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GSCC slams governments, charterers and shipyards

Photo: Marcus Hand Greek owned Navios Devotion in Singapore waters
London-based Greek shipowners have expressed their frustration at what they say is the lack of action on the part of governments, charterers and shipbuilders over the past 12 months when it comes to dealing with the challenges facing the shipping industry.

For example when referring to decarbonisation, IMO's Marine Environment Protection Committee (MEPC) "didn't help the debate by refusing to set up a dedicated research and development fund," said GSCC chairman Haralambos J Fafalios when addressing the body's agm at June 16.

Indeed, Fafalios said this means that any proceeds from a carbon tax imposed on ships will now be most likely gobbled up by governments rather than addressing the industry's decarbonisation needs.

"Whether it's adopted or not, a fuel levy is still the most equitable and logical way to achieve decarbonisation, and not such measures such as EEXI, CII or ESG," said Fafalios. He also said "Charterers can not tout their green credentials when they regularly instruct ships to proceed at maximum speeds, only to arrive at load or discharge ports and wait for a prolonged period of time."

On shipyards he said that "shipbuilders refuse to come up with vessels with better hull lines and greater hydrodynamic efficiency — the above could easily bring savings above 20% over existing hull designs".

Further, in his opening remarks in the GSCC annual report, Fafalios said one must not forget the fate of seafarers on board ships in Ukrainian or perhaps Russian ports. "We implore governments, especially Russia, to treat them well and hopefully to release all ships that are caught in the Black Sea. We also demand that safe sea lanes exist, if and when certain northern Black Sea ports reopen. Safe from sea mines is the most important goal."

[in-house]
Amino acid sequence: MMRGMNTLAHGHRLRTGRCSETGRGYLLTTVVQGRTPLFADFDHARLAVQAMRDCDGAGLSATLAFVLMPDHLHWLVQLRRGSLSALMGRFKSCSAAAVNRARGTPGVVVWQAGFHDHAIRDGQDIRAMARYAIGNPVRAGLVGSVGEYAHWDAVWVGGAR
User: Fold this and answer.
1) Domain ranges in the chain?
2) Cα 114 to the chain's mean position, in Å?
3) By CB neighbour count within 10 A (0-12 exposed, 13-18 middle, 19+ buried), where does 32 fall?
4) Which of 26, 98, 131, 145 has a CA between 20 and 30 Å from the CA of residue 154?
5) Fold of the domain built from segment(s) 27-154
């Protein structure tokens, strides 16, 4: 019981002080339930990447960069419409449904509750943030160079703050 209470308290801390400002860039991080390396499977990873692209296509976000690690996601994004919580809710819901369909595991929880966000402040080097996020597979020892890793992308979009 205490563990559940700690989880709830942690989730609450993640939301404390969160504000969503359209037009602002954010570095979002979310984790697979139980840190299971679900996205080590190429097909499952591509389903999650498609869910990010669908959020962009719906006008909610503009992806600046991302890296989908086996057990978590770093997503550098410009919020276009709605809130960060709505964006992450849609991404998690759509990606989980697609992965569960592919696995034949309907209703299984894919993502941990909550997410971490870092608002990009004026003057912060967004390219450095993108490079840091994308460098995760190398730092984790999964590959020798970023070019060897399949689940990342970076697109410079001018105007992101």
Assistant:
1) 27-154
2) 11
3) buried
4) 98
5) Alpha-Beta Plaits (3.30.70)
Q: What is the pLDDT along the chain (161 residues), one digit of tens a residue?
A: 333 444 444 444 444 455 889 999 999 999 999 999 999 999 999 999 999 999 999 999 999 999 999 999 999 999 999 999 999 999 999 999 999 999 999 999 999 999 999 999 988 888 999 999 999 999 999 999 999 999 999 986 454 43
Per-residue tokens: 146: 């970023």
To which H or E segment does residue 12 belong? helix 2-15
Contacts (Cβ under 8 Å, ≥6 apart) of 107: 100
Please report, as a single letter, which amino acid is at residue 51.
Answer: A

However, when referring to the Russian action in Ukraine, Fafalios pointed to it have its pluses as well as minuses. He noted the consequences of this war is that the supply of some of the world's main seaborne commodities, grain. coal, iron ore, fertilisers and oil has been severely disrupted and as a result price fluctuations and inflation has been very significant.

But there is a plus. "The only plus point shipping wise is that as all Black Sea business was relatively short haul it has all been replaced by longer haul cargoes, thus increasing significantly the tonne miles covered." But he also noted "this instability in commodity prices has brought back inflation as an unpleasant side effect and created great social unrest globally".

He noted the Greek merchant fleet continues to grow with predominantly newbuildings, thus bringing down the fleet age and increasing its competitiveness and GHG efficiency. Greek companies continue to invest in high-technology, energy efficient, low carbon newbuildings, and purchase high- quality modern second-hand vessels.

He said Posidonia 2022's great popularity attests to the fact more companies than ever want to exhibit their wares in the world's premiere maritime marketplace. He said that due to its technical excellence and the Greek companies tramp trading patterns, the Greek fleet is always looking for the most practical solutions so that its fleet can satisfy global maritime needs and not work just within very limited green corridors.

The GSCC agm concluded with Fafalios being re-elected committee chairman continuing a run which began in 2010. Two longstanding board members of the committee did not stand for relection, after having served for decades – former IMO secretary general, Efthymios Mitropoulos and Stathes Kulukundis of Rethymnis & Kulukundis who has been with the GSCC for more than 40 years. Constantinos Caroussis was elected A vice chairman; John M Lyras, B vice chairman; and Nikos P Tsakos, C vice chairman.

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